I was raised in Beverly Hills, an established residential neighborhood on Chicago’s far South Side. Among Chicago’s South-Side neighborhoods, Beverly stands out because of its concentration of large homes designed by architects.
Most of these were built in the 1920s and 1930s when the neighborhood was a bedroom community for men who worked downtown in Chicago’s Loop. The largest and most impressive Beverly homes are built closest to the stations of the commuter rail line that connects the neighborhood with the Loop. Although I haven’t lived in Beverly full-time since I was a teen, I’ve visited countless times over the decades.
My sister and brother-in-law still live there in a home designed in 1928 by the young Robert O. Merrill, who became one of the founding partners of Skidmore, Owings & Merrill.
As a child I played in the Beverly streets and knew their names by heart. As an adult I recognize that Beverly’s homes are very special. Built in traditional styles (no Modern architecture here) with many European influences, each one is distinctive and different from the others. What’s more, as they attain old age, they are still in fine condition. Houses and landscaping have been well preserved and cared for. The demographics of the neighborhood have changed with Irish Catholics and African Americans replacing the white, Anglo-Saxon Protestants of my youth, but Beverly looks and feels the same. When I visit, I take long walks around the neighborhood to reacquaint myself with the beauty and interest of those old homes. I wonder if it was my daily exposure to them as a child that partly accounts for my interest in architecture as an adult.
Other parts of the Chicago of my youth have changed greatly. In his book Thinking about Architecture, Colin Davies makes the point that in traditional cities “individual buildings are frequently demolished and replaced but the streets and public open spaces tend to stay put.” For me this has been especially true (and not for the better) downtown and on the near North Side now known as River North.
The little stores on Vanderbilt that sold army-navy goods and equestrian outfits and accessories are gone, as are the movie theaters and used bookstores I used to haunt as a kid. Gone too are the nightclubs with names like the London House and Mr. Kelly’s along with the bars and restaurants that once gave Rush Street and the surrounding Gold Coast such a cosmopolitan air. They have been replaced by undistinguished, monolithic buildings and hotels whose commercial spaces, where they exist, are occupied by the kind of products with designer names that we find in every big American and European city. No, these parts of Chicago have lost their charm, for me at least.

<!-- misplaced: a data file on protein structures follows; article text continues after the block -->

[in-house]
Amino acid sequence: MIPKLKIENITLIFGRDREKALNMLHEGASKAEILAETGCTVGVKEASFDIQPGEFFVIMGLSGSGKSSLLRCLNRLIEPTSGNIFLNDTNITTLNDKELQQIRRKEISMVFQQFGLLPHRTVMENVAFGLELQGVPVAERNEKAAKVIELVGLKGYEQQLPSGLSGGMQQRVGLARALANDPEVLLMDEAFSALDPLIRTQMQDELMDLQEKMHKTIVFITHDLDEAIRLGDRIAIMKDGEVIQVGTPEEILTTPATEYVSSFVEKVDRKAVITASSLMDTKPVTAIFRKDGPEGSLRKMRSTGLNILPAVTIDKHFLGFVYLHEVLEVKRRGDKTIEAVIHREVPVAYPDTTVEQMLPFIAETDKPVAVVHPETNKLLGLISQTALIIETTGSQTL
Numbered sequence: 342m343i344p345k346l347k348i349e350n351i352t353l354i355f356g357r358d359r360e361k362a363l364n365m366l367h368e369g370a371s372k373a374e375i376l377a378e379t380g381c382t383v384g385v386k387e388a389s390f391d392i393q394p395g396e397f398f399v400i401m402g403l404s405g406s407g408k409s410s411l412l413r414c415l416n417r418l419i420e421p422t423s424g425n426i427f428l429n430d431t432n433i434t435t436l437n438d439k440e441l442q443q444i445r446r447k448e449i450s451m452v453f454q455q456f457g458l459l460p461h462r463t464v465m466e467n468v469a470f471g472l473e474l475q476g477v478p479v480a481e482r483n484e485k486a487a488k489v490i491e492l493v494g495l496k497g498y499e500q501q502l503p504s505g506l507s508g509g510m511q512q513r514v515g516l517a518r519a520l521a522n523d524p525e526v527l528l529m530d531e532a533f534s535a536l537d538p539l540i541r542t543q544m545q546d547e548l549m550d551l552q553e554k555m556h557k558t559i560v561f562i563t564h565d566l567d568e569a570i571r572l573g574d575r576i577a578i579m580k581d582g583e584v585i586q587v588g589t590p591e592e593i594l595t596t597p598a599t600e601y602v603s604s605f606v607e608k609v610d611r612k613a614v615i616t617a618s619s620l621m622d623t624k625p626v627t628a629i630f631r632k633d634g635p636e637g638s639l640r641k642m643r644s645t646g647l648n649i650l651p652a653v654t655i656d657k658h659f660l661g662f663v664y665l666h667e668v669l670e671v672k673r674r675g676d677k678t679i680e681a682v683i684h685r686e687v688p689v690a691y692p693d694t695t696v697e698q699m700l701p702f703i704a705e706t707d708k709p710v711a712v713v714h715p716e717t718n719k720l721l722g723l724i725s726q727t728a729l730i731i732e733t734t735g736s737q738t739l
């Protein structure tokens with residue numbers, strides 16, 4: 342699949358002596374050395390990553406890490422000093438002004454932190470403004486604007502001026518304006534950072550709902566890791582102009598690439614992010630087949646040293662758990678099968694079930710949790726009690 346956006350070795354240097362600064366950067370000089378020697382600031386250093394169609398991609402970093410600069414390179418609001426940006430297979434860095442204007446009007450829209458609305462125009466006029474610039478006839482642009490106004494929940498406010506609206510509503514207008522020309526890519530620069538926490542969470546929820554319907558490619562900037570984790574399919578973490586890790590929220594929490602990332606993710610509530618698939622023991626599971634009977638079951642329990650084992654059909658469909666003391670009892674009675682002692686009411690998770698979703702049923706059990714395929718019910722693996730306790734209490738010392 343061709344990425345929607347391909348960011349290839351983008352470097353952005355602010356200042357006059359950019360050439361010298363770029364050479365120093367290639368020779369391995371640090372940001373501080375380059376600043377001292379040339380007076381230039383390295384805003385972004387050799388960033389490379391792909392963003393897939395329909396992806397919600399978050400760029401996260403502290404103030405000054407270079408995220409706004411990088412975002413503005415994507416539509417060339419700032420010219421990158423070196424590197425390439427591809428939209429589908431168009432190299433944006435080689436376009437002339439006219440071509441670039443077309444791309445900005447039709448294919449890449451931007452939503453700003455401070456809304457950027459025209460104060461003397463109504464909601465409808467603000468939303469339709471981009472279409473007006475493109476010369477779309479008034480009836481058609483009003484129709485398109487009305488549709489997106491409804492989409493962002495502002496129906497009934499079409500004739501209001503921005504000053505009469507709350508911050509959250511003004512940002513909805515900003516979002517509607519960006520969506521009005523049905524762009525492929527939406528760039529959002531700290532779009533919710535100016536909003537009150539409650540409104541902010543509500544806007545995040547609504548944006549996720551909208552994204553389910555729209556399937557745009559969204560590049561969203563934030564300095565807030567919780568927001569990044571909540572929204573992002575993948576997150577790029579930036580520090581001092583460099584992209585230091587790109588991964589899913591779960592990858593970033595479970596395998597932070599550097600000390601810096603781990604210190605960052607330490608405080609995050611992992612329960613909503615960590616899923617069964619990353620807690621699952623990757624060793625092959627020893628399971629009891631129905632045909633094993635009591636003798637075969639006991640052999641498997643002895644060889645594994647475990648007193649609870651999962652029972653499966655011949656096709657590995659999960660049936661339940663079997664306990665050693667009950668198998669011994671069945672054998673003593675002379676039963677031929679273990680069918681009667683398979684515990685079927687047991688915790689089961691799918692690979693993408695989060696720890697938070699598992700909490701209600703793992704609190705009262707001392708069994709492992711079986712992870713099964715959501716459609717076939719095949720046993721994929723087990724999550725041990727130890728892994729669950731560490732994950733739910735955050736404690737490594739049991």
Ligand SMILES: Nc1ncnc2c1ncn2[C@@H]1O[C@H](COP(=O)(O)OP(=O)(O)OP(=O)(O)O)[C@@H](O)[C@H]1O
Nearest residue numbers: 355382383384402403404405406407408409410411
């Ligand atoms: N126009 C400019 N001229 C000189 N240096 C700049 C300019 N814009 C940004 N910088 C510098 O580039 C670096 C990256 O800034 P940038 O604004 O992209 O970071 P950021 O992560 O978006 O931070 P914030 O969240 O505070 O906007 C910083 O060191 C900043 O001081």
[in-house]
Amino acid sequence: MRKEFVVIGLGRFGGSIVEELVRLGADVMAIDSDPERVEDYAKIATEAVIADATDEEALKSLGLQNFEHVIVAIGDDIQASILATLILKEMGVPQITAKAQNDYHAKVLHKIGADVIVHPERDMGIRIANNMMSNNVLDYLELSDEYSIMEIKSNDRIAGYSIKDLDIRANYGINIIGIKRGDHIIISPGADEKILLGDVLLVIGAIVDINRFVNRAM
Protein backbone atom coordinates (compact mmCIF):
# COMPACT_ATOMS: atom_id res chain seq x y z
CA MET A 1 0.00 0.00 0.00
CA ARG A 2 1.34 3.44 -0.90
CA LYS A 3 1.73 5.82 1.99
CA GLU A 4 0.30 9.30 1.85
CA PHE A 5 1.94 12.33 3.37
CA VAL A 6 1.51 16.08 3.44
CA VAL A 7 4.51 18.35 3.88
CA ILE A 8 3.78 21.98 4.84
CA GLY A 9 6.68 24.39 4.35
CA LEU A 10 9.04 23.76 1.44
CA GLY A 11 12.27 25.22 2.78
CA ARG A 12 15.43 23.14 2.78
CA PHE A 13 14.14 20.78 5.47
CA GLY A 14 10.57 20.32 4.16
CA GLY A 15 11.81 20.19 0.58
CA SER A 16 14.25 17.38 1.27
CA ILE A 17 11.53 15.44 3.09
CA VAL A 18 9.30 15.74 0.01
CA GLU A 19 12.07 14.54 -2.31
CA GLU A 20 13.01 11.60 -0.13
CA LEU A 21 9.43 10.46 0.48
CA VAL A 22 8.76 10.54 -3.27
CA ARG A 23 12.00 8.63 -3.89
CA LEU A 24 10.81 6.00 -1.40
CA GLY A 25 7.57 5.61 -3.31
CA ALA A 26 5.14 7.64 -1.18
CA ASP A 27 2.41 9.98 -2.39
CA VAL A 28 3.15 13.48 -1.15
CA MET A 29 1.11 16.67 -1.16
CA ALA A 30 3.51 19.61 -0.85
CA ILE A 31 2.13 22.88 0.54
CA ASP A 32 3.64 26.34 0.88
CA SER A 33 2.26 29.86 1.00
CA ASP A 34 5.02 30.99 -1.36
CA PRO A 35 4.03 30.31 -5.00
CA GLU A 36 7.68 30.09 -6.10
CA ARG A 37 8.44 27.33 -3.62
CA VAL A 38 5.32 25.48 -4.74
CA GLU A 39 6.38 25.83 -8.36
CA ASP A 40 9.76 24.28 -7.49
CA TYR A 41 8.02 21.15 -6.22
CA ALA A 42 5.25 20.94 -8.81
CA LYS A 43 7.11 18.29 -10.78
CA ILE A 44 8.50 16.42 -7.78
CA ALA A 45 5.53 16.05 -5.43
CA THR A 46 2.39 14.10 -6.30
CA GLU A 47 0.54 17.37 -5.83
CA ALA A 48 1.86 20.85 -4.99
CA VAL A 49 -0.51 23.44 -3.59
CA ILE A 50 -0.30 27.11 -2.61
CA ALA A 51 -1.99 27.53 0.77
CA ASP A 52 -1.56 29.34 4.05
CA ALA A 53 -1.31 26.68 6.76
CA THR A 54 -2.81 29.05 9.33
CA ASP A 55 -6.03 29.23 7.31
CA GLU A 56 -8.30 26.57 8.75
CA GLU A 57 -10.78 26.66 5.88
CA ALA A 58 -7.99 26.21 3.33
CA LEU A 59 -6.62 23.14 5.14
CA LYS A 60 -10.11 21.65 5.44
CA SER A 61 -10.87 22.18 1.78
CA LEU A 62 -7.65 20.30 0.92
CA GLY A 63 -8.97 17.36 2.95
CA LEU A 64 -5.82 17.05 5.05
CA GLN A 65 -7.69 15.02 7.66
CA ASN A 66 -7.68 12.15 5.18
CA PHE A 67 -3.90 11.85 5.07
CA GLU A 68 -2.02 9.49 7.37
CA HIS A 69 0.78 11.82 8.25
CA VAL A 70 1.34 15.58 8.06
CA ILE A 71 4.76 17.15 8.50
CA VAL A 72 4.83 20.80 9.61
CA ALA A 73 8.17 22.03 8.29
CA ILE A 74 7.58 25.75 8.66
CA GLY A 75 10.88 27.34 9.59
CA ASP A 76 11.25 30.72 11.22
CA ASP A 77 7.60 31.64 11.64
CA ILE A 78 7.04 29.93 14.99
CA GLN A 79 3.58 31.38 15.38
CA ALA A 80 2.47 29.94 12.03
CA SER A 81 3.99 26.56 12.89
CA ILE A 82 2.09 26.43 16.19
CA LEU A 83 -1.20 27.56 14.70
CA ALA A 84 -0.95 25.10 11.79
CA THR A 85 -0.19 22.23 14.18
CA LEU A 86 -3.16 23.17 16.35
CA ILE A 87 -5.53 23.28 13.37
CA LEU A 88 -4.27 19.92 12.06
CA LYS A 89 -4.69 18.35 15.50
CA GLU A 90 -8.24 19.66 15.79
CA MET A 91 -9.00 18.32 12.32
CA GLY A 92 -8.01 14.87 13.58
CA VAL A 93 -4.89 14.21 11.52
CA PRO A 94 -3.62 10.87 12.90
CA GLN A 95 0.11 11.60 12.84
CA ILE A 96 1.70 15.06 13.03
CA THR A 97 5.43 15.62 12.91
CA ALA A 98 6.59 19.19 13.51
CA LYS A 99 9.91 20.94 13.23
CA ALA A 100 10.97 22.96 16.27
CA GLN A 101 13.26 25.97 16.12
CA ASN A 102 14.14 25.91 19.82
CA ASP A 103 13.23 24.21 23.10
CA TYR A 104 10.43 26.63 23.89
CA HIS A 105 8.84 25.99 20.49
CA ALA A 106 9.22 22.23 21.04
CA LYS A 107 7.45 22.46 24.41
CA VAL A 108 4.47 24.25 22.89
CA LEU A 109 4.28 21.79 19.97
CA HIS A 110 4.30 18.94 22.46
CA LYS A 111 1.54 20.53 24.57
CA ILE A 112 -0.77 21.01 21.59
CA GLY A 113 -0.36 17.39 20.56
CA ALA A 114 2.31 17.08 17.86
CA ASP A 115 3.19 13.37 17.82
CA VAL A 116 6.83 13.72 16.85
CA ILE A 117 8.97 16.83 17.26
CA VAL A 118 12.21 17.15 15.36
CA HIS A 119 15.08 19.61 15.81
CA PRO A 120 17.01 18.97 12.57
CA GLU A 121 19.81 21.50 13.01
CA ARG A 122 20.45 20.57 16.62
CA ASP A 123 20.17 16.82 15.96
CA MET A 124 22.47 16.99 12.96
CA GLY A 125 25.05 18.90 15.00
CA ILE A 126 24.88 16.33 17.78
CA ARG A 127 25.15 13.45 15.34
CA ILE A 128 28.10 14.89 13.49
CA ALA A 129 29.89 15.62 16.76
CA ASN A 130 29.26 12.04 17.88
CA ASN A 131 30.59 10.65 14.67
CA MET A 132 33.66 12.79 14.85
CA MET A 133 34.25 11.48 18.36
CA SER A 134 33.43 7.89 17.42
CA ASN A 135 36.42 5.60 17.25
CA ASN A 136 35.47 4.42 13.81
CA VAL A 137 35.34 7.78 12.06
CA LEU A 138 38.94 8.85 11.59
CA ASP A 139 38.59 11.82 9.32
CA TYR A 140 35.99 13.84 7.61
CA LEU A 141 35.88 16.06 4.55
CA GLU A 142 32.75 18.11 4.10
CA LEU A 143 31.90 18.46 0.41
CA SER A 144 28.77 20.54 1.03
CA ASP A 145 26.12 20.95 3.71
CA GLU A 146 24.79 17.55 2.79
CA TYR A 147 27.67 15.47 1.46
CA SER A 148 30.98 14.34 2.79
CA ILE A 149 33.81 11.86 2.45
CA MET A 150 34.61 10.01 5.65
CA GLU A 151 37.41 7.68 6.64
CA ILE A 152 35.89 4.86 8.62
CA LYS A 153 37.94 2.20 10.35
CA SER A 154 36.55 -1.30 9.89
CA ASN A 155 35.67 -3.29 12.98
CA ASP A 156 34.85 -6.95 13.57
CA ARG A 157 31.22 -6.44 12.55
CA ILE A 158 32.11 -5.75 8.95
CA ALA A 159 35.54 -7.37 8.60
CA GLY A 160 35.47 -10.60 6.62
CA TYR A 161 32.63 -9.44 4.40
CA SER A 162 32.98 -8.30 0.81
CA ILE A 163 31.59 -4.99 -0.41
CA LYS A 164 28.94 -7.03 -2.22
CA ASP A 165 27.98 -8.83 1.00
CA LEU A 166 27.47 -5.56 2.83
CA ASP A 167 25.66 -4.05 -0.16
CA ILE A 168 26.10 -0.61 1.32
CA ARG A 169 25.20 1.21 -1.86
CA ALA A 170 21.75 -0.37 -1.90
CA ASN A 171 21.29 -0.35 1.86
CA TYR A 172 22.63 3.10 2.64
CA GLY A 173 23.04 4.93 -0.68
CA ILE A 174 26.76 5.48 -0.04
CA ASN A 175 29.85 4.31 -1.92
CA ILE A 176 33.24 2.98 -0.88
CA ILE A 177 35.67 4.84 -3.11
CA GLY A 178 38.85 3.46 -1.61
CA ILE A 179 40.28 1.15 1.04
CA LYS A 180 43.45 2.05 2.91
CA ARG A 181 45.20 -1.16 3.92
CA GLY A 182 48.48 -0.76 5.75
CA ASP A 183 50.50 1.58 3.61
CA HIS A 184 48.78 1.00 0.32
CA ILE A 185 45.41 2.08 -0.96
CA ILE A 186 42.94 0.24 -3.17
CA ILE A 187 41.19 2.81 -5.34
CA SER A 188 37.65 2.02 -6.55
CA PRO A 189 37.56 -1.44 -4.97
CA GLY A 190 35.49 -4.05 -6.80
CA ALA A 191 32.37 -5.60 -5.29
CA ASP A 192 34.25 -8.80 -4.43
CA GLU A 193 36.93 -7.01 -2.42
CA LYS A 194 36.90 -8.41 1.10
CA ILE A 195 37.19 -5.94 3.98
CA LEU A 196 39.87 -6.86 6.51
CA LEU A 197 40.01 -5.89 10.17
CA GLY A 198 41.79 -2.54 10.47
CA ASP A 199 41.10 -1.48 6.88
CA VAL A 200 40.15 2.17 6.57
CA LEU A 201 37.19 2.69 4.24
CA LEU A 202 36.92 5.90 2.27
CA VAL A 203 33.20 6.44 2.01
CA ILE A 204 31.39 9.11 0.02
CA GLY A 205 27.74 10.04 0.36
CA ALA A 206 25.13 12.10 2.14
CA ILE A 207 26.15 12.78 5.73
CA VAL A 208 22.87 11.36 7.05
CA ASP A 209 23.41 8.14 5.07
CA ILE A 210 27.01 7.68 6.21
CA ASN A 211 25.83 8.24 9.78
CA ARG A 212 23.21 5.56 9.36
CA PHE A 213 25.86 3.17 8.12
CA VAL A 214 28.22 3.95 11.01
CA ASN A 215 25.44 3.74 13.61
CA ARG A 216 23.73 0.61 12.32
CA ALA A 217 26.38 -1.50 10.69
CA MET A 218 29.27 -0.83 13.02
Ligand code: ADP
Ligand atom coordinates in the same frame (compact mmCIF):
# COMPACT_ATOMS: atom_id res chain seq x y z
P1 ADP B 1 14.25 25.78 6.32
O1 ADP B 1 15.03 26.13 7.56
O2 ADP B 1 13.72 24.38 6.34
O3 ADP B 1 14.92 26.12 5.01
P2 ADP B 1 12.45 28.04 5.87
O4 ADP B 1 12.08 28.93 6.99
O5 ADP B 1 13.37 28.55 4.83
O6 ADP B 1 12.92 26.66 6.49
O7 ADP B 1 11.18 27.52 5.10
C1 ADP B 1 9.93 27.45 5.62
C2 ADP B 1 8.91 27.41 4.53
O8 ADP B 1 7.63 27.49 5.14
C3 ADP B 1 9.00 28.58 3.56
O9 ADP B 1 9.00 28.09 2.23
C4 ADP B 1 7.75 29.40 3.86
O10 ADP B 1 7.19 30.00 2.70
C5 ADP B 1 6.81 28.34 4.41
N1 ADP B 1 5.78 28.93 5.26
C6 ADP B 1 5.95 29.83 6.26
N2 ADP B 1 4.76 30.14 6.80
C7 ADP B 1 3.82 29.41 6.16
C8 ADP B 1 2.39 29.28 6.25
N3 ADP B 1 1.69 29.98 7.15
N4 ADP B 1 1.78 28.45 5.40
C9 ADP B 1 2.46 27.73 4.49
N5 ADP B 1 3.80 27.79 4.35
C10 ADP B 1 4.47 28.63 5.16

Fortunately, there are other parts of the city like Pilsen, Uptown, and Andersonville on the far North Side that have changed demographically and become more interesting. Chicago is a city of neighborhoods, and I feel I’ll never run out of interesting ones to explore.
Kay and I have lived abroad for eleven years now. We still feel very much like Americans, yet it takes a continuing effort to remain in touch with friends and changing American politics and lifestyles. We feel we may never take such a long trip to the States again. The United States and Canada are beautiful countries. We’ve seen much of them but know there is still much left to explore. In the future, our visits will become shorter and more sharply focused. We like the idea and the reality of train travel in North America and would like to do more of it. Who knows? There are so many adventures still to be had in the world.